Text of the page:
Published February 2022 on YouTube

Using Play to Rewire & Improve Your Brain | Huberman Lab Podcast #58

1. The Power of Play

Andrew discusses the importance of play for both children and adults, and how it can change our nervous system for the better. He explores how assuming different identities during play can enhance creativity and leadership skills, and how learning to play properly can improve focus and potentially treat ADHD. Regardless of age or childhood experiences, everyone can benefit from the neural circuits that allow for the power of play.+

2. Smartphone Reading Impact

Impact of Smartphone Reading:Andrew discusses a recent study that found reading on a smartphone negatively impacts comprehension compared to reading on paper. The study also found that physiological sighs, which help bring in more oxygen, were less frequent when reading on a smartphone.+
Improve Learning Focus:Andrew Huberman discusses how reading on smartphones can suppress our physiological sighs, leading to stress and reduced oxygen flow to the brain. He suggests engaging in deep breathing and physiological sighs every five minutes while reading on devices or switching to printed materials for important information. Huberman emphasizes the importance of widening our visual window to improve learning and focus.+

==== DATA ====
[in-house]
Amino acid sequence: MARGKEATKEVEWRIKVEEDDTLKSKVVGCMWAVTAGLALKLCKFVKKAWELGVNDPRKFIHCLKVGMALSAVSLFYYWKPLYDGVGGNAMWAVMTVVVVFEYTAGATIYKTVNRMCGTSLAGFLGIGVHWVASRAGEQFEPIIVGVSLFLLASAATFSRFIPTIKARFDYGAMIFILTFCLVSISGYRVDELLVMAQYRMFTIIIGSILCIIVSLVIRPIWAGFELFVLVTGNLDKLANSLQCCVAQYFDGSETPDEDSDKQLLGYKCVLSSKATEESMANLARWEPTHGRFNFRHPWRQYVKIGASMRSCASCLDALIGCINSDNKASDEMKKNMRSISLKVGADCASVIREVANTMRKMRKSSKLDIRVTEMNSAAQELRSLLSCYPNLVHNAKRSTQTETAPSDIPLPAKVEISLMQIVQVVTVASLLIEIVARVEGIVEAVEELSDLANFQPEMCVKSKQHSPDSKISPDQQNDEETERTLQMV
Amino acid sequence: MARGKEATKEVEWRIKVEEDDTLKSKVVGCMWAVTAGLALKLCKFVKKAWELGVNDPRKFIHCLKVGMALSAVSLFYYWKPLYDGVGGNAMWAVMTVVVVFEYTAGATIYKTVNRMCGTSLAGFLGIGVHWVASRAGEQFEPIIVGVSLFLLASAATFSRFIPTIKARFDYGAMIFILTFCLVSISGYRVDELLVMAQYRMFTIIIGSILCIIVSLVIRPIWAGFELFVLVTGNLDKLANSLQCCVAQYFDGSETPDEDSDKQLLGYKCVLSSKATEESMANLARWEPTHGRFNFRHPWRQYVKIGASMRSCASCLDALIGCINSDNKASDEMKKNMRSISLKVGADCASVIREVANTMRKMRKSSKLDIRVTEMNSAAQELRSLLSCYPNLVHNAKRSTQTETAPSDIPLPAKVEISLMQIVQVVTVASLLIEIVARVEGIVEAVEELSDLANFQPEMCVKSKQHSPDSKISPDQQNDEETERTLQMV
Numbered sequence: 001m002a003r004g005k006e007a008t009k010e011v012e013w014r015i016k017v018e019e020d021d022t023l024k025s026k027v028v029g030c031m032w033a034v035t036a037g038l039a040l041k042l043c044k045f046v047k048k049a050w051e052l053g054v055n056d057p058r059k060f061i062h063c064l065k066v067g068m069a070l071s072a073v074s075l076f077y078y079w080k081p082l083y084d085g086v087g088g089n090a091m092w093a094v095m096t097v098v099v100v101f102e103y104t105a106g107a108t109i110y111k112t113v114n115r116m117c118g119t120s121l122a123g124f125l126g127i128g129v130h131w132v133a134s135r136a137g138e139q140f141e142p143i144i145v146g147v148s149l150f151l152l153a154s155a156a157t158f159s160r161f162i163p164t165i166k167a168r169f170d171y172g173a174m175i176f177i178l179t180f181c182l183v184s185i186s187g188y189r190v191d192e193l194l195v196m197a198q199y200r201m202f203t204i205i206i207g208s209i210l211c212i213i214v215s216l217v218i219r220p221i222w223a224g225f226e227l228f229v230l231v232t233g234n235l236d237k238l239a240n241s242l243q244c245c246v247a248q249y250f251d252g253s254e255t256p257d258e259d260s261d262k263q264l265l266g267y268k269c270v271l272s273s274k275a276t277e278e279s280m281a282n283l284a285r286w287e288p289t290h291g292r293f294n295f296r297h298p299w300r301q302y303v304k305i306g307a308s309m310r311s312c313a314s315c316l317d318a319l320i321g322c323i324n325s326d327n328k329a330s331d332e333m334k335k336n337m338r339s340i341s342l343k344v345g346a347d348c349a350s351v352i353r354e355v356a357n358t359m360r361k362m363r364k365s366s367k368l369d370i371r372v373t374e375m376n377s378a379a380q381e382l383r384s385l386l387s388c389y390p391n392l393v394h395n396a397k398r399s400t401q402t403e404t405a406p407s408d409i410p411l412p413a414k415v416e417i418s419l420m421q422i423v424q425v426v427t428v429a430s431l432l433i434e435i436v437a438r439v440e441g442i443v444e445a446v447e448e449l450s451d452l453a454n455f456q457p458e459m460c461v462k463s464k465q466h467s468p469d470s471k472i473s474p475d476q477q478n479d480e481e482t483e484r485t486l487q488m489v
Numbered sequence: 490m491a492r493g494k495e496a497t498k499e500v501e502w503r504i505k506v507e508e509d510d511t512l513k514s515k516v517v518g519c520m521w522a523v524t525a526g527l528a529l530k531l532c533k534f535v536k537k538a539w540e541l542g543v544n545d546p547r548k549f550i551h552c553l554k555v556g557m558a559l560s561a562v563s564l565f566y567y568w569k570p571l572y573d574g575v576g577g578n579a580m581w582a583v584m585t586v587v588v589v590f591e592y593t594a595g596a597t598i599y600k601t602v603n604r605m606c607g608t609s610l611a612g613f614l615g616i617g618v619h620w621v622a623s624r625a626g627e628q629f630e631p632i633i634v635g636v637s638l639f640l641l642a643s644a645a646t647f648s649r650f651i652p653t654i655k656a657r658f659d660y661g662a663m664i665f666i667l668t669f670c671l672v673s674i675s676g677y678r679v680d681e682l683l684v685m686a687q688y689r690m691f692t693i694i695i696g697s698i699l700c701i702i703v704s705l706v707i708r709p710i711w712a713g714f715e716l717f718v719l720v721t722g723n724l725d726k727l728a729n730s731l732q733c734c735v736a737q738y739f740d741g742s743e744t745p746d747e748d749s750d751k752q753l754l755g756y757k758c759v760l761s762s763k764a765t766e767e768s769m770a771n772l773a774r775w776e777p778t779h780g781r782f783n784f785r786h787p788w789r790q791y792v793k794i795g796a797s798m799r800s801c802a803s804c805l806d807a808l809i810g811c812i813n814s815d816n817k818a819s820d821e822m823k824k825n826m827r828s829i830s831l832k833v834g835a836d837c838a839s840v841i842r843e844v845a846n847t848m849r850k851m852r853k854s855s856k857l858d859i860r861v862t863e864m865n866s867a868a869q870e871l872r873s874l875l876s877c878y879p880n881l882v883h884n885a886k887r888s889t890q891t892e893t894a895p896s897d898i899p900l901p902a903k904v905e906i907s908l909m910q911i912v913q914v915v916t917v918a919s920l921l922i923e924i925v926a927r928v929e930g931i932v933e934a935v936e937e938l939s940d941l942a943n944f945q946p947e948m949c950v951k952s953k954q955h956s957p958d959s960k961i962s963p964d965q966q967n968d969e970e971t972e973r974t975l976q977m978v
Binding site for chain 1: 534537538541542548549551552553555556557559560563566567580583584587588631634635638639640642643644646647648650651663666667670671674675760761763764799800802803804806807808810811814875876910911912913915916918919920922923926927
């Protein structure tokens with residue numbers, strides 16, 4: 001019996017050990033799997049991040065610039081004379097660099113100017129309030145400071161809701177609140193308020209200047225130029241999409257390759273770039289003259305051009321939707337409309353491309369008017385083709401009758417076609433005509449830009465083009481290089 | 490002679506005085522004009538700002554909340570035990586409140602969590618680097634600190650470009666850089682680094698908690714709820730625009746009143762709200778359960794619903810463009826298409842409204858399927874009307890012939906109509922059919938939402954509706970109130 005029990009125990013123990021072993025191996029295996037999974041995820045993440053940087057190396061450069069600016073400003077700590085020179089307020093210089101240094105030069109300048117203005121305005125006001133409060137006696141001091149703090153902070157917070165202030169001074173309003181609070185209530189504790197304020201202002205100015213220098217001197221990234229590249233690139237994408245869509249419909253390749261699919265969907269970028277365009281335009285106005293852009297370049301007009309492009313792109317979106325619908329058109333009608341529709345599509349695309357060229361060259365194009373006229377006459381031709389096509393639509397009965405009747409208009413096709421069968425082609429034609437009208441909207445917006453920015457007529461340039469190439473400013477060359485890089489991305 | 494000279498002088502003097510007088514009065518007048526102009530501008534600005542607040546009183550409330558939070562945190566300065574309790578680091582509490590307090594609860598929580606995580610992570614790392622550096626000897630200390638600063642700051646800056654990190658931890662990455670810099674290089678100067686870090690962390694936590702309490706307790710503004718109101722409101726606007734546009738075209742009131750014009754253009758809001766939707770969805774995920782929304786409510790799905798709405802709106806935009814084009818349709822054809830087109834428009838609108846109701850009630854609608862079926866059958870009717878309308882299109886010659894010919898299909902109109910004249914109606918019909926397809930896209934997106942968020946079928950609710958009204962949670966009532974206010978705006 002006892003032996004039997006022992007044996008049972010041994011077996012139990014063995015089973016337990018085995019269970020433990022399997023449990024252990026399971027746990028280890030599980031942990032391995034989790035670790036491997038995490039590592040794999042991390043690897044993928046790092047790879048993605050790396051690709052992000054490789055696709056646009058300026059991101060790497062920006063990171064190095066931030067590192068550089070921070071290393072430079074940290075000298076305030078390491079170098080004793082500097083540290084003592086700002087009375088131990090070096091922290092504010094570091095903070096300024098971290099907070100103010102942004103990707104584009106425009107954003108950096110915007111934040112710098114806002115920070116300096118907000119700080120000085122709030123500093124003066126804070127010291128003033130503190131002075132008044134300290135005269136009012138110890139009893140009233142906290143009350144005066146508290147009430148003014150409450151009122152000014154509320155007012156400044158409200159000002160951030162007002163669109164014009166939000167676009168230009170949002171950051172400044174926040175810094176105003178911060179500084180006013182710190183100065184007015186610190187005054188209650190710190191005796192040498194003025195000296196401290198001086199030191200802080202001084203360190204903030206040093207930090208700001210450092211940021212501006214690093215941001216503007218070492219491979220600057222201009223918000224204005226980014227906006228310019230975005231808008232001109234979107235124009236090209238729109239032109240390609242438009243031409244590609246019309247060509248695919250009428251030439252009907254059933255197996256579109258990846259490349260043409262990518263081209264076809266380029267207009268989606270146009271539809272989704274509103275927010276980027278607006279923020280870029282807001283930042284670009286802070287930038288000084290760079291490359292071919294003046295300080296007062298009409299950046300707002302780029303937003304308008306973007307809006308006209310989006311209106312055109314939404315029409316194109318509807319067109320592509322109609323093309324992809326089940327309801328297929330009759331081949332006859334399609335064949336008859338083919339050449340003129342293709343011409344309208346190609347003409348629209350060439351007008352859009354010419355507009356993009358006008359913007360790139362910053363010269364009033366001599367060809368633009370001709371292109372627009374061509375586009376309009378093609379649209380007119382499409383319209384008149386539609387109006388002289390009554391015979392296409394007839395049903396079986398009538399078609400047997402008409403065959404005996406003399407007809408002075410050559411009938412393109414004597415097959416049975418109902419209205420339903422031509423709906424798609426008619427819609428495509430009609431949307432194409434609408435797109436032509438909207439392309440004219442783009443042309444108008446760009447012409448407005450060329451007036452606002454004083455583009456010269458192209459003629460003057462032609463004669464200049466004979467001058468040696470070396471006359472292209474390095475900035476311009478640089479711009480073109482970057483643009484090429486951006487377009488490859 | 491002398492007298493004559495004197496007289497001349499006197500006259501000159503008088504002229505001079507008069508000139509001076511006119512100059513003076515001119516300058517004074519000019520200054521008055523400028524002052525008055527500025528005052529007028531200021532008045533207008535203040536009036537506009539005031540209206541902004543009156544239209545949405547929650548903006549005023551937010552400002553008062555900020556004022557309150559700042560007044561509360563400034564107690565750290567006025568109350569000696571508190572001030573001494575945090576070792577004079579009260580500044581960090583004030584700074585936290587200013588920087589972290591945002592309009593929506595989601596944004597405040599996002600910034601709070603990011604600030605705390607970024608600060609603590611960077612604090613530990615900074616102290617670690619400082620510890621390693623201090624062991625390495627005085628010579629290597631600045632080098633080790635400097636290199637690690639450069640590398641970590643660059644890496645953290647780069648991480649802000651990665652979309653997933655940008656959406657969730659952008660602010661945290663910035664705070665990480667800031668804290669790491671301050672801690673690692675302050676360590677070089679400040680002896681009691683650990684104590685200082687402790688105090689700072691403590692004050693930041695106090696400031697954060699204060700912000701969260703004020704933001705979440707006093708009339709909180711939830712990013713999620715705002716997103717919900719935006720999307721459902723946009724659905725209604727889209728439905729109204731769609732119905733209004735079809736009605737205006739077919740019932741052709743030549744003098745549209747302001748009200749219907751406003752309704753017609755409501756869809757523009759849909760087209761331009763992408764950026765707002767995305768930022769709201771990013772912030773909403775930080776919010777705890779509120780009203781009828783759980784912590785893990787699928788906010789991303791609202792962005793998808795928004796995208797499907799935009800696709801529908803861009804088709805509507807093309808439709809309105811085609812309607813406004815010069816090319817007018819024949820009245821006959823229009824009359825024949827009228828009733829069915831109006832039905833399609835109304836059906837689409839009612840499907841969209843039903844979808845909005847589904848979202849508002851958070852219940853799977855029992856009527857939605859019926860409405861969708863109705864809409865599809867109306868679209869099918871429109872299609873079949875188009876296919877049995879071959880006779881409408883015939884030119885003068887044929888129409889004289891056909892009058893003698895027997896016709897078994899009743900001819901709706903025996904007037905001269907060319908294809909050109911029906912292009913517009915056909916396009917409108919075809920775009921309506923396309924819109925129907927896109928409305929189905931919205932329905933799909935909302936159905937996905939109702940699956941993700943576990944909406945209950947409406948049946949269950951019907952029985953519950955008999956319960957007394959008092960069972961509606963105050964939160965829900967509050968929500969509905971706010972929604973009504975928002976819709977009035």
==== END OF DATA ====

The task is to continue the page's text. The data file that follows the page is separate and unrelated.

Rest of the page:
3. Power of Play

Power of Play:Andrew emphasizes the importance of the gut microbiome and how it supports brain function. He introduces Athletic Greens as a sponsor and explains how their probiotics support the gut microbiome. He also offers a special offer for listeners to try Athletic Greens.+
High-Quality Gear:Andrew shares his experience with ROKA, a company that makes high-quality sunglasses and eyeglasses that are designed to adapt seamlessly to changes in luminance. He also talks about how lightweight and aesthetically pleasing they are. He also talks about Helix Sleep, a company that makes customized mattresses and pillows tailored to your sleep needs.+

4. Homeostatic Regulation of Play

The Purpose of Play:Andrew discusses the utility of play and why we tend to play less as we get older. He explains that play is not just about games, but how we test and expand our potential roles in all kinds of interactions.+